For the next two months, our Lightbox Gallery is featuring JODI: OXO, a new installation by JODI, the technology-focused artist collective formed in 1994 by Joan Heemskerk and Dirk Paesmans. The work is a contemporary take on tic-tac-toe, or OXO.
But it’s more than an interactive game; it’s a meditation on an enduring cultural artifact and a window into the power of artificial intelligence.
“This game is so simple you might have played it in kindergarten or even earlier,” said Heemskerk, who spoke to a Harvard Graduate School of Design class on February 7, the day the installation opened. (It remains on view through April 23, 2018.) Yet when a computer is pre-programmed to play tic-tac-toe, as in this installation, the game can become nearly impossible to win. Its very simplicity underscores the strength of today’s technology.
JODI: OXO is inspired by early computing and war games, but primarily by Noughts and Crosses or OXO, a game built in 1952 by Alexander S. Douglas. Though versions of tic-tac-toe had existed for centuries, Heemskerk said that Douglas’s game was the first to allow humans to play against a computer. (She added that the initial “opponent” was probably the size of the Lightbox Gallery itself.)
The installation is presented in collaboration with the Institute of Contemporary Art/Boston (ICA) exhibition Art in the Age of the Internet, 1989 to Today (February 7–May 20, 2018), which explores the effects of the Internet on artistic practice and contemporary culture. The Harvard Art Museums are among the 14 Boston-area arts and cultural organizations that are hosting events, exhibitions, or panels associated with the ICA exhibition.
JODI: OXO is organized by Mary Schneider Enriquez, the Houghton Associate Curator of Modern and Contemporary Art, and Chris Molinski, associate research curator for digital initiatives. Technology support specialist Ian Callahan and technology fellow Whitney Christopher assisted with the digital development of the project.
“It’s been a wonderfully exciting challenge to see how we can respond nimbly to the ICA exhibition, and support the development of JODI’s installation,” Schneider Enriquez said.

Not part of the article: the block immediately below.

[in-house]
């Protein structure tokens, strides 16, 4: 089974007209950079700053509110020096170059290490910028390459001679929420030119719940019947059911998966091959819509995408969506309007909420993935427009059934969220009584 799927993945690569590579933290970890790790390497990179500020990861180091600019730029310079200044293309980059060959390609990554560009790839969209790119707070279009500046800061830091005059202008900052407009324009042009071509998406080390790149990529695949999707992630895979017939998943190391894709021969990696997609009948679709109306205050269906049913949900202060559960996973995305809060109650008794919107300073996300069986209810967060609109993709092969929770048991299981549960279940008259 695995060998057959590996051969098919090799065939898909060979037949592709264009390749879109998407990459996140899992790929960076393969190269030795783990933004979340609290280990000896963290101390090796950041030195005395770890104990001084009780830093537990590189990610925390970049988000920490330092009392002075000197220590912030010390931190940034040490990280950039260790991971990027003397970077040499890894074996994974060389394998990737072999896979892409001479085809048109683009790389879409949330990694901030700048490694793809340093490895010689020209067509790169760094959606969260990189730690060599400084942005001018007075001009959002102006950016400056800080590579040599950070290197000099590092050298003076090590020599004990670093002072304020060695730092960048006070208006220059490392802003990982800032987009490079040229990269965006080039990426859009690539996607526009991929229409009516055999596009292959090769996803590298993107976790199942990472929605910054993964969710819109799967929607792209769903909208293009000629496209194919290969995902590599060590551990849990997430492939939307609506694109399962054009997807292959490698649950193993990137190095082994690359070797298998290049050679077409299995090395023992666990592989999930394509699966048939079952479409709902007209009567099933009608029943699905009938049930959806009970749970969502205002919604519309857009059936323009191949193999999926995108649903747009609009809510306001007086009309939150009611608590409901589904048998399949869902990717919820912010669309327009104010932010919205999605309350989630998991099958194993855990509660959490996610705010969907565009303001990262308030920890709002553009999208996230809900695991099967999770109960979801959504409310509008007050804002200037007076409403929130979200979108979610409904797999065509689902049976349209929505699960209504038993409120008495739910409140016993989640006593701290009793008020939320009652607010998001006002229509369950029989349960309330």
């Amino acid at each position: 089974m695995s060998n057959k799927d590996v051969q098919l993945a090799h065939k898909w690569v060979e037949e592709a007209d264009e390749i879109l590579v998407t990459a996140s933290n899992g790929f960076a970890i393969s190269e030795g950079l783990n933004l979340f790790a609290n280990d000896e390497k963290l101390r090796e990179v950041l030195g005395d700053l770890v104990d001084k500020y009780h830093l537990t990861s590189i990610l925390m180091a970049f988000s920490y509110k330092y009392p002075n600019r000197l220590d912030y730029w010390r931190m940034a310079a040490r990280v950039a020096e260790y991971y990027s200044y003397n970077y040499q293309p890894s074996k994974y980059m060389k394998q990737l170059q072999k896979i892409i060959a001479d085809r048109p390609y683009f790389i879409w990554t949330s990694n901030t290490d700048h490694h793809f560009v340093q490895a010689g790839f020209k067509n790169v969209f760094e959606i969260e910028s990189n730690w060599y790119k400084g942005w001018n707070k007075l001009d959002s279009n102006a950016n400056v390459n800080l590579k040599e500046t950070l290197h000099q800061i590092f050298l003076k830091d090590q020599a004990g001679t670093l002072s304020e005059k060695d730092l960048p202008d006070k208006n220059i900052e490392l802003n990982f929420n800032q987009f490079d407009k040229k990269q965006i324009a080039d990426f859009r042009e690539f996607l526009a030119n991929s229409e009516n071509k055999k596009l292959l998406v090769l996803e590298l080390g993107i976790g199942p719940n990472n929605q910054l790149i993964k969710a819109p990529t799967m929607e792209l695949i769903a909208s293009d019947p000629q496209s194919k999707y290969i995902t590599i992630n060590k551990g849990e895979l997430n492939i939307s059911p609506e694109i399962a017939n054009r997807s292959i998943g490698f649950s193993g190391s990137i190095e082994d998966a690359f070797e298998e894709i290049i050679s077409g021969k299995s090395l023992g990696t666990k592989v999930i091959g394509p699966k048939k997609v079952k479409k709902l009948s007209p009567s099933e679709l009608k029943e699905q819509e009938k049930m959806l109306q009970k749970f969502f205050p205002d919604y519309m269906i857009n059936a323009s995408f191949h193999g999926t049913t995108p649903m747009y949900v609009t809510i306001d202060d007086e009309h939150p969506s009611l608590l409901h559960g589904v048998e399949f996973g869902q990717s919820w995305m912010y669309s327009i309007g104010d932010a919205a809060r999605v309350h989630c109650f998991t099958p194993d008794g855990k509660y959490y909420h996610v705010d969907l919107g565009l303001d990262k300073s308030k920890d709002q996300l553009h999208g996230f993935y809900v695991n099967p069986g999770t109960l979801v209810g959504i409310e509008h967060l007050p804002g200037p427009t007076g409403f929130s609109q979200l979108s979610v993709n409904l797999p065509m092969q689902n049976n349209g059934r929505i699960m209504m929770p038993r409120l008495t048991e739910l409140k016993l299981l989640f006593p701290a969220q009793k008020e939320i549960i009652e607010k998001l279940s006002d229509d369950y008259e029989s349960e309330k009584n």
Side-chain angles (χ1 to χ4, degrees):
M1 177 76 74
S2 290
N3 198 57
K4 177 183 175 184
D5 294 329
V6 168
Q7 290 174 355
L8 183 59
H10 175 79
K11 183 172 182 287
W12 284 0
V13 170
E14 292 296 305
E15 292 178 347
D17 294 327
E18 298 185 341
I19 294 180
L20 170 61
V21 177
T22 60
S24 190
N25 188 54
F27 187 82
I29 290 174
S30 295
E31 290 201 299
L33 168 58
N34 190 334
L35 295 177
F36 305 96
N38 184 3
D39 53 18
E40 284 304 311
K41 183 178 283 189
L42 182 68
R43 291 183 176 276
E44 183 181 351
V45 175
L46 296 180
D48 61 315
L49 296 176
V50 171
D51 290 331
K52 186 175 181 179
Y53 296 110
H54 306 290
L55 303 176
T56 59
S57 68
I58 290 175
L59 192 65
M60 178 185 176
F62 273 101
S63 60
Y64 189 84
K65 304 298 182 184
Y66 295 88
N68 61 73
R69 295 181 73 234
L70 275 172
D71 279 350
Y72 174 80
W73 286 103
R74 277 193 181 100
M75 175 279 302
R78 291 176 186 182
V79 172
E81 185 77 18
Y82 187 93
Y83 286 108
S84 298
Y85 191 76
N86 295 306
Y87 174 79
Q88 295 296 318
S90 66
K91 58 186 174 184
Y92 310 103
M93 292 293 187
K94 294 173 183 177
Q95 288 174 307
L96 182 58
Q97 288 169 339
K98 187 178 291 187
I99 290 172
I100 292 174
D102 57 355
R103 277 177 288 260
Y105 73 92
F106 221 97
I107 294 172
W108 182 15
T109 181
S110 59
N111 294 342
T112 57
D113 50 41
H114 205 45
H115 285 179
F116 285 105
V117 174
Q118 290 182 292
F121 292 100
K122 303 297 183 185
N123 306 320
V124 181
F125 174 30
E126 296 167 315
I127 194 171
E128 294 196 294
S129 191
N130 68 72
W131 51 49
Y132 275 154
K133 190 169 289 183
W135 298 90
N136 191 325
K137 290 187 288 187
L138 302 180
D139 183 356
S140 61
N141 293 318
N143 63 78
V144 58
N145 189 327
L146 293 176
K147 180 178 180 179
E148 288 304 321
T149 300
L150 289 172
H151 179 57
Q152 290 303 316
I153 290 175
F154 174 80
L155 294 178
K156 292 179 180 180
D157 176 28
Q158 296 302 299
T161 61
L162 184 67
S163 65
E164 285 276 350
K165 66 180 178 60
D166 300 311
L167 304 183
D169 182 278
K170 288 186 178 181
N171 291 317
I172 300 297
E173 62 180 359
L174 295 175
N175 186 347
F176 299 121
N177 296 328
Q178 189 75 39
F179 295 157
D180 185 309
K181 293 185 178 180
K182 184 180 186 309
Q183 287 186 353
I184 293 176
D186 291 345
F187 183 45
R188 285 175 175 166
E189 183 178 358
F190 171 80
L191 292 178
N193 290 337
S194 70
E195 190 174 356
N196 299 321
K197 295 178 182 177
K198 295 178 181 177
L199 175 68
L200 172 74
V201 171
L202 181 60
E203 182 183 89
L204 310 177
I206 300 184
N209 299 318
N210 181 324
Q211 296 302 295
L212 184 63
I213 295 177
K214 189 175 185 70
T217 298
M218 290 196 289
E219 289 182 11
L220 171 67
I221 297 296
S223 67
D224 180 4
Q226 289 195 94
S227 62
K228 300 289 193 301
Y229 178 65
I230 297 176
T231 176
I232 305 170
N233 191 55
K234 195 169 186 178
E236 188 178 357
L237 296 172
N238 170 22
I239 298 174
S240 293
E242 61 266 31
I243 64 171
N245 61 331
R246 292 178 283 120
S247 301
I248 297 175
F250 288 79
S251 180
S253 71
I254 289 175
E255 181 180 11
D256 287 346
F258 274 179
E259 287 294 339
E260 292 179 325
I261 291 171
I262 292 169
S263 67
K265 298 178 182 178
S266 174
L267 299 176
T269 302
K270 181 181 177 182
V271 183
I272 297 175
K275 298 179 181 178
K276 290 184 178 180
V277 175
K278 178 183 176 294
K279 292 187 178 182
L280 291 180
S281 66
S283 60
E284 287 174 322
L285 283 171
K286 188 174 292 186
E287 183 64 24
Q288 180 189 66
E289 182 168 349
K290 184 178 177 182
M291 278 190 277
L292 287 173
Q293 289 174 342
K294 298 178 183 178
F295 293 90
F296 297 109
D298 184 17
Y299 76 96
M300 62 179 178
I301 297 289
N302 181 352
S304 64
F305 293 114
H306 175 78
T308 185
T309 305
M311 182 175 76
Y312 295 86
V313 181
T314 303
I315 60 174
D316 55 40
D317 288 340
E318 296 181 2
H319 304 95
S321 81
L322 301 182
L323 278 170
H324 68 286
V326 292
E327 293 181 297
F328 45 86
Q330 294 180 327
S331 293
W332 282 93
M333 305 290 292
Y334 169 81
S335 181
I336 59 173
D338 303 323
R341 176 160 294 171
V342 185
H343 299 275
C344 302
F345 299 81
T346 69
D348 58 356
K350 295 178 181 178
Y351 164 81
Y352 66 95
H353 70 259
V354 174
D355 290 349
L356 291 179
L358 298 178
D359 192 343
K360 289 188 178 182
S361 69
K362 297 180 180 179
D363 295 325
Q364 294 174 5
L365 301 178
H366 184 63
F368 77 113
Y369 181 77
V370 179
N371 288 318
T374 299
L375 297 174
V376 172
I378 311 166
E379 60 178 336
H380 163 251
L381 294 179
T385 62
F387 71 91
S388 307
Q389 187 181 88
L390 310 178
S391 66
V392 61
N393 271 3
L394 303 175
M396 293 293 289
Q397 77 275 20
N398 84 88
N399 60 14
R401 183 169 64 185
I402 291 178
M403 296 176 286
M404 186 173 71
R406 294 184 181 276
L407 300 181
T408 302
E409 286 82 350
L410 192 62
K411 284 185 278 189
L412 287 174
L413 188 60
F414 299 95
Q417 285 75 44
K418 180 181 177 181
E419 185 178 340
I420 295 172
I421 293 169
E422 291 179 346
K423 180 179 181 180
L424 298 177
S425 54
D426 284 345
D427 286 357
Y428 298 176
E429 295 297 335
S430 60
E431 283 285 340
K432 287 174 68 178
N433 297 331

The Lightbox Gallery, which has hosted dozens of installations by a range of artists and geared toward a variety of audiences, presented JODI with both ample creative opportunity and some physical parameters they’d need to work within while planning the project. The duo had a tic-tac-toe-related installation in mind even before viewing the space, but Heemskerk said the gallery’s nine digital panels, as well as the surrounding windows and glass roof, played a large part in shaping the work’s ultimate form. As with any site-specific installation, Heemskerk said, “we had to commit to the facilities already here.”
JODI: OXO features nine different games, one in each panel. Five are played entirely by virtual players—including “chickens,” “computers,” and “AI” (artificial intelligence). The four games on corner panels offer the chance for visitors to play. In one instance, two humans play against each other; the other three games pit a visitor against the virtual players. Four pedestals, each with a panel of nine buttons corresponding to a standard tic-tac-toe grid, invite visitors to select where to place their Xs and Os.
Some visitors may wonder why a “chicken” is involved in the installation. The answer lies in the history of tic-tac-toe, Heemskerk said. In the not-so-distant past, people sometimes “played” against live chickens in an early arcade game sometimes called Bird Brain. The chicken, locked in a small booth, would press a button connected to a simple computer program that decided the corresponding tic-tac-toe moves. Thus, the installation references a longer history of artificial intelligence, in addition to early computer games.
In such an innovative, experimental space as the Lightbox Gallery, the installation provides a point of connection for audiences of many backgrounds. It also offers a new perspective on the role of art in a traditional museum setting. As Molinski said, “It’s challenging the idea of play and games within a collection.”